You’ve known Ian since working together at Schroeder Properties and then you joined Ian’s company in 1995 through to 2000. What was Westbank like in those early days?
In the early days there were only ﬁve or six of us and we did everything. At that time we were young and impetuous and learning on the ﬂy. So as you can imagine, we were making a lot of mistakes, but having a lot of success as well. I had the sense that we were burning candles on both ends, but after you’ve been removed from it of course, you realize that it was actually a lot of fun.
Some of the stuffwe built in the early days didn’t turn into artistry by any stretch of the imagination, but that was all part of the learning experience. What I was involved in was the shopping centre business, for example, where everyone is always looking out for the last penny.
What has fuelled Westbank over the years?
I think a lot of it has to be the driving force that Ian has. When I think of the people I have met in our industry and collectively in business, Ian, apart from being very creative has an untempered belief that he can pull things off. I’ve never met anyone else who has that kind of focus, the inward sense, stick-with-it-ness, conﬁdence – whatever you want to call it – to actually get things done. It’s quite something.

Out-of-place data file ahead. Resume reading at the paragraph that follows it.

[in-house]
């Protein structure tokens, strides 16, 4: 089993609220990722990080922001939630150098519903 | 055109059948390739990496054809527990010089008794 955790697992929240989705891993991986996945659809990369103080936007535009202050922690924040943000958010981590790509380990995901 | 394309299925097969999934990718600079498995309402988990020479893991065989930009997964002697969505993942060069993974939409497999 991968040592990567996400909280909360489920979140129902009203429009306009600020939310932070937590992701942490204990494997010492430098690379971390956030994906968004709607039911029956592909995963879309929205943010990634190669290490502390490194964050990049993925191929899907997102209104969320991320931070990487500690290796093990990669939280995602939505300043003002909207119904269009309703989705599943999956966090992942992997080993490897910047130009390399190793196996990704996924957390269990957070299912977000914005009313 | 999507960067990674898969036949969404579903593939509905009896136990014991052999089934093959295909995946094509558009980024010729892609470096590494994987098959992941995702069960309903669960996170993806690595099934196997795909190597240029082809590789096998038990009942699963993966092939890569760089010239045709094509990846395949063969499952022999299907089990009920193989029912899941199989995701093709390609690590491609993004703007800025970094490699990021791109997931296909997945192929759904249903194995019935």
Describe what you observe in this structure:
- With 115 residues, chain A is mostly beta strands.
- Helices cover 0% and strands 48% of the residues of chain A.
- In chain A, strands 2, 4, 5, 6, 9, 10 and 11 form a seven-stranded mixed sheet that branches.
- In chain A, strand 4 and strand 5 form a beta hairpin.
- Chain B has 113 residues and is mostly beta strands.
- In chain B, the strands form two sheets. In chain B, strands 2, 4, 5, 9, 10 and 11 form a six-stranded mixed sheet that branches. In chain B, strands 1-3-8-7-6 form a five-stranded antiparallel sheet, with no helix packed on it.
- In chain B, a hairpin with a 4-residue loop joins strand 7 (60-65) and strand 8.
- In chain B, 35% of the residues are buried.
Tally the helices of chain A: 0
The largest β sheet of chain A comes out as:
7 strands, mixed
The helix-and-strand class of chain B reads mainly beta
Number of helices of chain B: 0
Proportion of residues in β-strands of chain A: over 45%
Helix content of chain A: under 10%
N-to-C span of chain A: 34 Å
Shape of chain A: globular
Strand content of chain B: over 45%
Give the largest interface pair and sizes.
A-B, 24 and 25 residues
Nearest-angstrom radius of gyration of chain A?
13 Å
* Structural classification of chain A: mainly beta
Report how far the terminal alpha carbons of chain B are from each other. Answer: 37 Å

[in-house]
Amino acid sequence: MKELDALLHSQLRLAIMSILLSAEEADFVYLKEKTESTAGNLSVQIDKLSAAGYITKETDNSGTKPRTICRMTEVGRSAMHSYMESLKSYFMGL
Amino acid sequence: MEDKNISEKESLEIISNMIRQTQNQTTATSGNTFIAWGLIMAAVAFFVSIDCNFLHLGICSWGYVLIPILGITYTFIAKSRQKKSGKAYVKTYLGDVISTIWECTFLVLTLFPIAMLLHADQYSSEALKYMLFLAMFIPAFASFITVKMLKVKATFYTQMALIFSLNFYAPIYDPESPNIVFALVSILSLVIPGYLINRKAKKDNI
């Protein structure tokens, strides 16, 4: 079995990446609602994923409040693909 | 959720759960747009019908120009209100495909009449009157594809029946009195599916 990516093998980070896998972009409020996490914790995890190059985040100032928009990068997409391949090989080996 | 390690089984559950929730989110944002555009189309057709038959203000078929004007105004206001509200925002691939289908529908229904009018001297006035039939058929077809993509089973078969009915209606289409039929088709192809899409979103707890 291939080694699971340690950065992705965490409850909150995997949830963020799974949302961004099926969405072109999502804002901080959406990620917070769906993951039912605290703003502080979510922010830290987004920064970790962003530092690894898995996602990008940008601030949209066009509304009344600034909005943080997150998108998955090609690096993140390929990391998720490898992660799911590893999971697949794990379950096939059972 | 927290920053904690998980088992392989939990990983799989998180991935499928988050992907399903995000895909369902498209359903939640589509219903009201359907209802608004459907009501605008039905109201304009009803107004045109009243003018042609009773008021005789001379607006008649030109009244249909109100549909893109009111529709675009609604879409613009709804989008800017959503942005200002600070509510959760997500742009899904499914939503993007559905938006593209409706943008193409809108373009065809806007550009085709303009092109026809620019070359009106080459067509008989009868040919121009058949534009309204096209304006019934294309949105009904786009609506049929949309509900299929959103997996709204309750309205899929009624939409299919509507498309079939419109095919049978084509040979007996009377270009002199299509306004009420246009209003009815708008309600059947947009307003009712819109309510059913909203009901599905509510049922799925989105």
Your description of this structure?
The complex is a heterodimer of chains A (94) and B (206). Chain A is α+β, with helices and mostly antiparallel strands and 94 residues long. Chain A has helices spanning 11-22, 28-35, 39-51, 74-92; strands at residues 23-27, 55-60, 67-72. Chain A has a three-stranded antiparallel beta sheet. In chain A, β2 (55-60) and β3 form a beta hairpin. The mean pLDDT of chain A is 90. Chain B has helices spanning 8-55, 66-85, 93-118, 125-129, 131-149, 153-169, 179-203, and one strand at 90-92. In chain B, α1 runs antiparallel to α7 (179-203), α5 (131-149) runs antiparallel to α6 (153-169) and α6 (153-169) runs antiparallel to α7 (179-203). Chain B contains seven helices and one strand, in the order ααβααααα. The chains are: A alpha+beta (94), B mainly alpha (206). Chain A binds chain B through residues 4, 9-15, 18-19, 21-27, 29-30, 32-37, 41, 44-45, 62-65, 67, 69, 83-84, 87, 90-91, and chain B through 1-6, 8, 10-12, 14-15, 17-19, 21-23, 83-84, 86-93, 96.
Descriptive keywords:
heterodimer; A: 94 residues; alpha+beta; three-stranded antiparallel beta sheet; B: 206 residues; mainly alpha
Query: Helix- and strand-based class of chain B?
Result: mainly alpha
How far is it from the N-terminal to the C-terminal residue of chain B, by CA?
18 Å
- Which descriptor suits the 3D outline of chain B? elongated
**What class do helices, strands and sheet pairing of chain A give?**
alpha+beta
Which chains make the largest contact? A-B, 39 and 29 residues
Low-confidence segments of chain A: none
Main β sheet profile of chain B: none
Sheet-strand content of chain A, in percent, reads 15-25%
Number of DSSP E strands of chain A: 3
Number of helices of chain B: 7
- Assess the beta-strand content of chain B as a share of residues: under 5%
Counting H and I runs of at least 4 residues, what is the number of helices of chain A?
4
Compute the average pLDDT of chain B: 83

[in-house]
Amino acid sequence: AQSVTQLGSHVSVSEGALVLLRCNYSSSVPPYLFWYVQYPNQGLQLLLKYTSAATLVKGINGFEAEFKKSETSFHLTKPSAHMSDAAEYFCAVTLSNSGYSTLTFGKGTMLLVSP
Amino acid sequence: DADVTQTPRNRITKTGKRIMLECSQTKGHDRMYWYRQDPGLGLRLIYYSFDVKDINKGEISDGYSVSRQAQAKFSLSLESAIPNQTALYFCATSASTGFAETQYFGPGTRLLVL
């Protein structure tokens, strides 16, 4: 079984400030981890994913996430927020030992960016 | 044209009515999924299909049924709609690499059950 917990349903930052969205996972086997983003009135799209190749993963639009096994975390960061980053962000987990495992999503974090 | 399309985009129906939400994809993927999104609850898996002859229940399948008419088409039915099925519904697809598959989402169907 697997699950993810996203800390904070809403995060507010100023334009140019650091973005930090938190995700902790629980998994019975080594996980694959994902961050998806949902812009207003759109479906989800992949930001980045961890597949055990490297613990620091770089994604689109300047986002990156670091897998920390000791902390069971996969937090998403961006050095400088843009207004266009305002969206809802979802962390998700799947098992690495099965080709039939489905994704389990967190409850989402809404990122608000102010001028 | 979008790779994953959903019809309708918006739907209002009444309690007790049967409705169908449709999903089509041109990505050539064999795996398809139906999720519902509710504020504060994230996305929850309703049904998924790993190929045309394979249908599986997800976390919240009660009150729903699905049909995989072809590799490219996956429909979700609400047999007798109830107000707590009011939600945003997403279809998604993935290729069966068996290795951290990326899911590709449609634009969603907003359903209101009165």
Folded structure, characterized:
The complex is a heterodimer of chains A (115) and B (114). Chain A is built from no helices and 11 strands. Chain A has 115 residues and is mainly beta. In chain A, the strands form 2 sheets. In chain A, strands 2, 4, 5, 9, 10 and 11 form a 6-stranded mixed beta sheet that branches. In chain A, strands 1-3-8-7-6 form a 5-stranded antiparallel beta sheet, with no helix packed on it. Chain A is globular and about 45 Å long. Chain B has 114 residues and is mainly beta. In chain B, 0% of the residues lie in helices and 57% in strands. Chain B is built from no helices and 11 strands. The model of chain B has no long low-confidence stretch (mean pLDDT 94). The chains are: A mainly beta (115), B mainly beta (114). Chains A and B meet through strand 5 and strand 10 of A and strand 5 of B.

It’s been said that he takes risks?
Risk taking, yes and no. I think the risk in doing good development comes from being bold enough to envision what a project could be. It’s deﬁnitely not reckless. Ian’s a smart guy and he ﬁgures it all out. I think from an outside perspective looking in, people might think it’s risky, but I think he is just prepared and takes emotional risk to conceive of a great project and then ﬁgure out how to get it executed. Ian looks at what could go right in a project, whereas most developers look at what might go wrong. A lot of other developers’ projects fall short because of that. Their work might be economically successful, but it is not as inspiring as the projects that Ian has built.
It’s a natural evolution for people who get involved in development to want to go on to bigger and better things, where there is more brain candy to provide an emotional and intellectual challenge. You’d get bored otherwise. Apart from being very creative, Ian has an unconditional belief that he can tackle any challenge. His biggest risk is in being bold.